New iPhone security update protects you from hackers – and cops
by Jose Pruneda
In February 2016, a federal judge ordered Apple to help the FBI break into an iPhone used by one of the San Bernardino shooters. Apple strongly resisted at the time since this request raised all sorts of privacy flags. The FBI subsequently was able to hack into the phone without Apple’s help, and the Justice Dept. dropped its legal action against the company. The newly-discovered security flaw allowed the authorities to crack any iPhone. This method soon became widely used by other law enforcement agencies and hackers alike. The trick to unlocking an iPhone requires connecting the device to a computer running special software.
On Monday, Apple released iOS update 11.4.1 which, among other minor fixes, addresses this security issue. After you receive this update, your iPhone will refuse all USB connections after it’s been locked for an hour, therefore rendering the hack useless and once again restoring our sense of security and privacy.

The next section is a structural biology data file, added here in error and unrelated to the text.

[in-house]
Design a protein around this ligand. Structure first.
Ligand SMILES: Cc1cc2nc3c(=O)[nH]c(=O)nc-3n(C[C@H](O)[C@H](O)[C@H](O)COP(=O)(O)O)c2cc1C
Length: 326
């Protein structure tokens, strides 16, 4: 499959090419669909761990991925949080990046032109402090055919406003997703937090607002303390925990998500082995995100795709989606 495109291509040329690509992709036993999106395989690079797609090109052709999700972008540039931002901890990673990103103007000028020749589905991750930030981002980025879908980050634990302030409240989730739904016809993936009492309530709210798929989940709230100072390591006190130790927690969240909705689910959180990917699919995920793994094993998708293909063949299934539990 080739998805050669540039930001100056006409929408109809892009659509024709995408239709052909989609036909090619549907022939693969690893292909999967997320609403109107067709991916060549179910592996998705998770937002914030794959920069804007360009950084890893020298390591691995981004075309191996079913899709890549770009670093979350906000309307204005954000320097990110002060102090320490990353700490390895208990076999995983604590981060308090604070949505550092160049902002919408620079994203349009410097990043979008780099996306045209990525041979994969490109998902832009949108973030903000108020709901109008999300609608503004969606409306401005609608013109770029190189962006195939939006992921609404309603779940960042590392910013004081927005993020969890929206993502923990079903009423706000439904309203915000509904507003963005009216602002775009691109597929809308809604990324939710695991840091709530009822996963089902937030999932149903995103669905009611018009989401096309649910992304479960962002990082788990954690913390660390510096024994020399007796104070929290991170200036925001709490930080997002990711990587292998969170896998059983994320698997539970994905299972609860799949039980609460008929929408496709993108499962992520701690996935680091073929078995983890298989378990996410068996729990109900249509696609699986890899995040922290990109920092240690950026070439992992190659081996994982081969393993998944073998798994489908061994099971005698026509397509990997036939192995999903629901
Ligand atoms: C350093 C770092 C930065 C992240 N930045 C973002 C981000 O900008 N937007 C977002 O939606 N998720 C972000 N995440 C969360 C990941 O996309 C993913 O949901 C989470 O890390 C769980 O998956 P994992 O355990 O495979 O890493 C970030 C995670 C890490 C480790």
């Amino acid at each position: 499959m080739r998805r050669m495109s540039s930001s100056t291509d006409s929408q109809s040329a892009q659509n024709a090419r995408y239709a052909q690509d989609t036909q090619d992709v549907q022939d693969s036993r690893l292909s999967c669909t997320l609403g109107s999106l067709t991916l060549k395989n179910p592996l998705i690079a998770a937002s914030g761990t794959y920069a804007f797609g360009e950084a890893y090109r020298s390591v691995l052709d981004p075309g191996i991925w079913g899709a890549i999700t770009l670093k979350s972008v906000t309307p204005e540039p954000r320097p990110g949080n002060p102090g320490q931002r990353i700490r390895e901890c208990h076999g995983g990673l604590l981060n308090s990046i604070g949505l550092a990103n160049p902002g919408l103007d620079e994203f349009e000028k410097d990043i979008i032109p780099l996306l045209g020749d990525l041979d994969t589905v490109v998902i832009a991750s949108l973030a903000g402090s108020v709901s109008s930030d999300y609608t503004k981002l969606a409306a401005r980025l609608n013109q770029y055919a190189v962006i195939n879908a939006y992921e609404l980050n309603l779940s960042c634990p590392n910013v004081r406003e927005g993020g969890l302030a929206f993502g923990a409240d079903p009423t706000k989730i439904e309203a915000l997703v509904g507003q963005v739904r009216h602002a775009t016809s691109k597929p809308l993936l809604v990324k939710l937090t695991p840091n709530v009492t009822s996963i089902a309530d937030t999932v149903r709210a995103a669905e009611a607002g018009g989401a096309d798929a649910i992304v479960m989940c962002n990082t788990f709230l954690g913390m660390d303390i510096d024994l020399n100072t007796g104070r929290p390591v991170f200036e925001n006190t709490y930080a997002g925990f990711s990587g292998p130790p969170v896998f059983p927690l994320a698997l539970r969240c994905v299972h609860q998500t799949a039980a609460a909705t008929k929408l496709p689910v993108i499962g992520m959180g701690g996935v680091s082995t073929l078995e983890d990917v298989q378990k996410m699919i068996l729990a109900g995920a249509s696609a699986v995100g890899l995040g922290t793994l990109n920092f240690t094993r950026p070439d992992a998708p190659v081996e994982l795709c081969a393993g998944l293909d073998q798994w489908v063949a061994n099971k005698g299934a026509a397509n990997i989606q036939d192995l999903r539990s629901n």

This new security feature is enabled by default as soon as you update to iOS 11.4.1. But you may disable it by going to Settings > Touch ID & Passcode (or Face ID & Passcode in iPohone X) > Allow Access When Locked > Turn ON USB Accessories.
Even with the most secure updates, CreativeTek can help you unlock your iPhone in case of emergency. Ask for our Mobile Protection services, which can help us unlock your iPhone with a single command if you ever get locked out. After installing Mobile Protection, we can help you easily unlock your iPhone or even locate it or remotely wipe it if lost or stolen.
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